JOURNAL OF NATURAL RESOURCES ›› 2012, Vol. 27 ›› Issue (3): 430-439.doi: 10.11849/zrzyxb.2012.03.009

• Resources Ecology • Previous Articles     Next Articles

Soil Organic Carbon Accumulation and Distribution in a Small Watershed and the Effects of Soil Water

ZOU Jun-liang1, GUO Sheng-li1,2, LI Ze1, ZHANG Fang1, ZHANG Yan-jun1, ZHOU Xiao-gang2, NAN Ya-fang1   

  1. 1. College of Resources and Environment, Northwest A & F University, Yangling 712100, China;
    2. State Key Laboratory of Soil Erosion and Dryland Farming on the Loess Plateau, Institute of Soil and Water Conservation, CAS and MWR, Yangling 712100, China
  • Received:2011-05-09 Revised:2011-07-14 Online:2012-03-20 Published:2012-03-20

Abstract: The spatial distribution patterns of soil water and Soil Organic Carbon(SOC) caused by topography and land use provide opportunities to study the coupling of water and carbon of the terrestrial ecosystem. It can help us better understand the contribution of soil water to SOC accumulation and distribution at a watershed scale, but the strong variability of soil water and relative stability of SOC bring new challenges for the work. Thereafter, a resampling approach was used to assess soil water and SOC after rainy season based on the continental water balance. Totally 37 plots covering three different landforms and three different land uses were sampled 100 cm below surface soil using a 3 cm diameter auger. When compared under the same land use, generally soil water and SOC of valley bottom was higher than ridge slope, while gully slope was intermediate; but the water-carbon transferring efficiency presented an inverse order. Under the same landform, soil water and SOC of different land uses had the opposite order, when farmland owned the highest water content, its SOC was the lowest; the same occurred at grassland and woodland. Both the woodland and grassland could transfer water to carbon faster compared to farmland. There was a positive relationship fitted well by an exponential growth model (y=y0+log a×ax) between SOC and soil water. Soil water could partially (7%-37%) explain SOC accumulation and distribution in the small watershed. This would be very crucial for the prediction of SOC accumulation and distribution based on soil water variability.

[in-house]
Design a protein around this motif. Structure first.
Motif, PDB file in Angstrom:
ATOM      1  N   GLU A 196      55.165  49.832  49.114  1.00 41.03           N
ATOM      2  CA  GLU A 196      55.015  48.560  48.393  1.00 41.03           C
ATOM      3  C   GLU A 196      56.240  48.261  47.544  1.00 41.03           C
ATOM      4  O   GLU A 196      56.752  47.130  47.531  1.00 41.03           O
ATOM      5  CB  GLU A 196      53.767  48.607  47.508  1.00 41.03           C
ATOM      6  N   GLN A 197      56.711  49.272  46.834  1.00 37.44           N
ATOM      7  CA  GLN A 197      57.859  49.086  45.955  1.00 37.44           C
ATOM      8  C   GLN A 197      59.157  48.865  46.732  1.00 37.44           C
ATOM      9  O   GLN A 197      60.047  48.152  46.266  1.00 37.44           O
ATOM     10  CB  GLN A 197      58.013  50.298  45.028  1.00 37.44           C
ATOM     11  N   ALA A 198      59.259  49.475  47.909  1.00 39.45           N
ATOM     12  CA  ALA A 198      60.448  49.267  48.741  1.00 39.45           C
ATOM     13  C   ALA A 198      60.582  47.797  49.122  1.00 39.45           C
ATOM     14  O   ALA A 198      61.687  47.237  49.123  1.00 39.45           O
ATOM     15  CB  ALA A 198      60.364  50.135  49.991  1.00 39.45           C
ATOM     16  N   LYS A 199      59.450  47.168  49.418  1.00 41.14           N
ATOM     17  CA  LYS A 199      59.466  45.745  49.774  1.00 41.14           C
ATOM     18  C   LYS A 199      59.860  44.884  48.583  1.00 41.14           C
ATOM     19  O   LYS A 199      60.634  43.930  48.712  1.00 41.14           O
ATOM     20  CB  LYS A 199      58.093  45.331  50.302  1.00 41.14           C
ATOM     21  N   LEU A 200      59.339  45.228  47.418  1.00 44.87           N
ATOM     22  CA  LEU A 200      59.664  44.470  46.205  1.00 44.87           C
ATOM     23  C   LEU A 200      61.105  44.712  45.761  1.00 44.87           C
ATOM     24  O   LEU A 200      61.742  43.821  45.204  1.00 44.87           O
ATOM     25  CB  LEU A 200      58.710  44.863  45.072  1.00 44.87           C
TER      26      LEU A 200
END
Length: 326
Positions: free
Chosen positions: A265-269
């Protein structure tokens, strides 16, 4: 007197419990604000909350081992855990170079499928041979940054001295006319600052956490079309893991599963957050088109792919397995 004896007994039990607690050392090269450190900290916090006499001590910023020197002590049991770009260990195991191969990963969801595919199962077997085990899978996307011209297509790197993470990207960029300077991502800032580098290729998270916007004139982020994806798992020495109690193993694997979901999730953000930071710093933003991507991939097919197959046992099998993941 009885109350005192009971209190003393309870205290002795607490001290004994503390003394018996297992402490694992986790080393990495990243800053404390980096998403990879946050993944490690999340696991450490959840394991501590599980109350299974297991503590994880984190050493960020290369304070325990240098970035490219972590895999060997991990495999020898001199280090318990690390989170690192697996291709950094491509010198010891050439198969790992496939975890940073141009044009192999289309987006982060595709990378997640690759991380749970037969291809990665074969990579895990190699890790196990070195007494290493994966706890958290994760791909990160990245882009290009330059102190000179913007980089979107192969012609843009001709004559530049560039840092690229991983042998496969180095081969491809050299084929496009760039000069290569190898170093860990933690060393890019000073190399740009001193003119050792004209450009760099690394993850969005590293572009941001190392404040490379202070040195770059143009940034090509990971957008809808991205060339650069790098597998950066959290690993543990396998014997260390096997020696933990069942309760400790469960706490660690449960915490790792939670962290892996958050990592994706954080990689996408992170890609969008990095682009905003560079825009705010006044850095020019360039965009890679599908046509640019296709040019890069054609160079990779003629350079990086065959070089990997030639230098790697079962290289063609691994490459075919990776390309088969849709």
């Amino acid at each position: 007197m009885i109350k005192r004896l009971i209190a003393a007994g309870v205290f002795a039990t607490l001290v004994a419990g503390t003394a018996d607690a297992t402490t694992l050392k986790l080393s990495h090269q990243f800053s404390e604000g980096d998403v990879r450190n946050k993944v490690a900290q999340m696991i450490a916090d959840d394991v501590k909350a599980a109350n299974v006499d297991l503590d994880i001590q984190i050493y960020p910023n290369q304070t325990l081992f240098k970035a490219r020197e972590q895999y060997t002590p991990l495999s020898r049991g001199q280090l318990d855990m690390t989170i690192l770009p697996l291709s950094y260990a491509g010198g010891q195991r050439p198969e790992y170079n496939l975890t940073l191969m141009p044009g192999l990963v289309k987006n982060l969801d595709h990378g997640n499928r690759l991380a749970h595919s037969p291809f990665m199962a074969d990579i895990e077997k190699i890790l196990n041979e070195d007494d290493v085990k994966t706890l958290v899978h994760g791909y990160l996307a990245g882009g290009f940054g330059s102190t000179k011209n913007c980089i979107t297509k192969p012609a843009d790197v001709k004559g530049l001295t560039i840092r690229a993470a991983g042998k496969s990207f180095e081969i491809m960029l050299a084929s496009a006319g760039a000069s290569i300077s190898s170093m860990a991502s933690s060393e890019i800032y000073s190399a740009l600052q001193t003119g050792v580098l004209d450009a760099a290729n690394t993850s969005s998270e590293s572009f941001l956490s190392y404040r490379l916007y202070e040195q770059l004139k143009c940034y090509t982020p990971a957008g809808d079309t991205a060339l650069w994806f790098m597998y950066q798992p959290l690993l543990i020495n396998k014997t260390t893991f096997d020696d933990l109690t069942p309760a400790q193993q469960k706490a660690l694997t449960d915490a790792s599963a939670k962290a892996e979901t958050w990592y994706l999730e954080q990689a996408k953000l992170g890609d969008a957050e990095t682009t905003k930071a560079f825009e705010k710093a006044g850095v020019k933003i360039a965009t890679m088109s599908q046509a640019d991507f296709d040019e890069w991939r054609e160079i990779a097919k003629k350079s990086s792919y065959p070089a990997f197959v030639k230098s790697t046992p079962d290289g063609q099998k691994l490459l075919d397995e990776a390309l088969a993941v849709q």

Key words: soil, soil organic carbon, small watershed, soil water

CLC Number: 

  • S153.6